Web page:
The white nationalist demonstrators who converged on Charlottesville, Va., over the weekend comprise disparate strains of a movement that for generations has sought to feed on racial conflict and grievance, and mostly they've gone nowhere.

In comparison to legitimate, mainstream political movements in the United States, their numbers are small but because their views on race relations are so abhorred by the great majority of Americans, their actions draw inordinate media attention and public outrage.

Charlottesville police estimated before the start of the march that they expected between 2,000 and 6,000 demonstrators for the two-day "Unite the Right" rally Friday and Saturday.

The actual number of demonstrators appeared to fall somewhat short of that. But the intensity of the violence on Saturday – one woman was killed and 19 others injured when an alleged Nazi sympathizer drove a car through a crowd of counter demonstrators – inundated the airwaves and internet with images of carnage, brutality and conflict.

Multiple white nationalist groups march with torches through the UVA campus in Charlottesville on Friday, August 11, 2017. When met by counter protesters, some yelling “Black lives matter,” tempers turned into violence. Multiple punches were thrown, pepper spray was sprayed and torches were used as weapons. .Mandatory Credit: Mykal McEldowney/IndyStar via USA TODAY NETWORK
MYKAL MCELDOWNEY / Indy Star via USA Today Network
Multiple white nationalist groups march with torches through the UVA campus in Charlottesville on Friday, August 11, 2017. When met by counter protesters, some yelling “Black lives matter,” tempers turned into violence. Multiple punches were thrown, pepper spray was sprayed and torches were used as weapons. .Mandatory Credit: Mykal McEldowney/IndyStar via USA TODAY NETWORK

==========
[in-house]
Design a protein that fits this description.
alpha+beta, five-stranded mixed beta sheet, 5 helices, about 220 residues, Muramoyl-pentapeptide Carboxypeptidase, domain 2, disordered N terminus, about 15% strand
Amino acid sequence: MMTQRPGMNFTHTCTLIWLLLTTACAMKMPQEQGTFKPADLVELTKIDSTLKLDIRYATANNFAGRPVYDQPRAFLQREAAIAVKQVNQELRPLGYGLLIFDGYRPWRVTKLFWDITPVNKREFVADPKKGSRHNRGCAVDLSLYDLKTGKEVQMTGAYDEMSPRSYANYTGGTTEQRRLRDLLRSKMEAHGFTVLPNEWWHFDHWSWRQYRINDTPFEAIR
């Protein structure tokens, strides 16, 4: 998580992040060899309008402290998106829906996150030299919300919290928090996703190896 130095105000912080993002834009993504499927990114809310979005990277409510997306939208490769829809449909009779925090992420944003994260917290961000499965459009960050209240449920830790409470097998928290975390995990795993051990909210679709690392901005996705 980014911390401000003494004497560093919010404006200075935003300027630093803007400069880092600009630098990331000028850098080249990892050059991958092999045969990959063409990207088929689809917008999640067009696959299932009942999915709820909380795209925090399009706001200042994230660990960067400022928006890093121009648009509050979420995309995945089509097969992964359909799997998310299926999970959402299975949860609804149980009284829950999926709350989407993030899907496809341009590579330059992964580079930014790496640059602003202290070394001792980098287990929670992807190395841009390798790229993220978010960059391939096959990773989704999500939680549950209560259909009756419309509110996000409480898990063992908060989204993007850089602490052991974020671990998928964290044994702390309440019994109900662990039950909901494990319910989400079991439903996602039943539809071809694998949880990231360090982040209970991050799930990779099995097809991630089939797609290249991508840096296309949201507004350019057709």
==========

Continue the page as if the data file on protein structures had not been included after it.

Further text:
The violence of the march, as right wing demonstrators clashed with left wing counter demonstrators, was shocking in its emotional fury. But so too were some of the images from the event, designed as they were to provoke.

It is a rare and disturbing thing in American political life when a crowd of white protestors marches en masse at night, bearing torches and chanting in unison, "We will not be replaced." They encircled opponents who had gathered at a statue of Thomas Jefferson on the hallowed campus of the University of Virginia, as if they were the Wehrmacht tightening a Kessel, or military encircling movement, on a blitzkrieg drive across the Russian steppes. Of course, the Wehrmacht itself was eventually encircled and destroyed by Russians in the east and the U.S. and British forces in the west.

The pretext for the demonstration was a decision earlier this year by Charlottesville political leaders to remove a statue of Confederate General Robert E. Lee from the city as a symbol of racial bigotry and a vestige of the south's past repression of blacks. The organizer was a local conservative activist named Jason Kessler, who had been fighting the city's plan to remove the statue.